Both Davenport and Walker live off-campus this year. Davenport started the year in the building that was the men’s sole dorm space last year, Tullidge Hall.

“They only had one dorm open to men last year,” says Davenport. “It was the old military dorm. That’s where they put the guys.”

“It’s cramped when you have the freshman class in there now, when you’re packing two people to a dorm room. But we had a whole floor to ourselves and most of the people had doubles to ourselves. That was the life,” says Davenport.

The building is “all the way over there on campus, a long way from everything over here,” says Walker.

“On the outskirts,” Davenport says.

With the new class pushing the male population closer to a hundred, things are changing.

Last year “kind of felt like us against the world, almost,” says Walker. “It was the little things, you know, like others just looking away, not acknowledging you were there.”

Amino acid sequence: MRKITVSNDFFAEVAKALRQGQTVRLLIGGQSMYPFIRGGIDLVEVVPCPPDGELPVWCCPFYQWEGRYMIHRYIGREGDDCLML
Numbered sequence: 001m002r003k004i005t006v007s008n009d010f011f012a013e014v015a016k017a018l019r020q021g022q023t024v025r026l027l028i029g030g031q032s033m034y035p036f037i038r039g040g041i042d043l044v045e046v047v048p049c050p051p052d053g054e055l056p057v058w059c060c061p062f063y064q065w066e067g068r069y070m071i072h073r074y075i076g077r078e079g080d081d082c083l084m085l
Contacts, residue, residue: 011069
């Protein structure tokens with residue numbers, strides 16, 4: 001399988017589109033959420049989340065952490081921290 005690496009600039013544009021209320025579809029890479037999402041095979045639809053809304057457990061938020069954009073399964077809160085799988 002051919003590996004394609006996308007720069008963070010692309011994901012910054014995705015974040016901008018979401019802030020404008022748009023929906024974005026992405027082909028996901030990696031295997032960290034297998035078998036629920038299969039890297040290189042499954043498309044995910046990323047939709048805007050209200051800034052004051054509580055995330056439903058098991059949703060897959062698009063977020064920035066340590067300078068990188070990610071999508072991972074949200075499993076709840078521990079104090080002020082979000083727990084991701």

While the first year’s males were pursuing studies in theater, education, liberal arts and medicine, according to Walker, the new males are more interested in sports, and the university is marketing their sports programs successfully to bring in more athletes.

“So it feels more, I don’t know...”

“Stereotypical college?” Davenport asks.

Did he prefer it last year?

“I’m just happy that more people are coming here for an education,” Walker says.

Davenport and Walker had the unique experience with their fellow male students of suddenly being a distinct minority in a college setting for a year. What did they take out of that?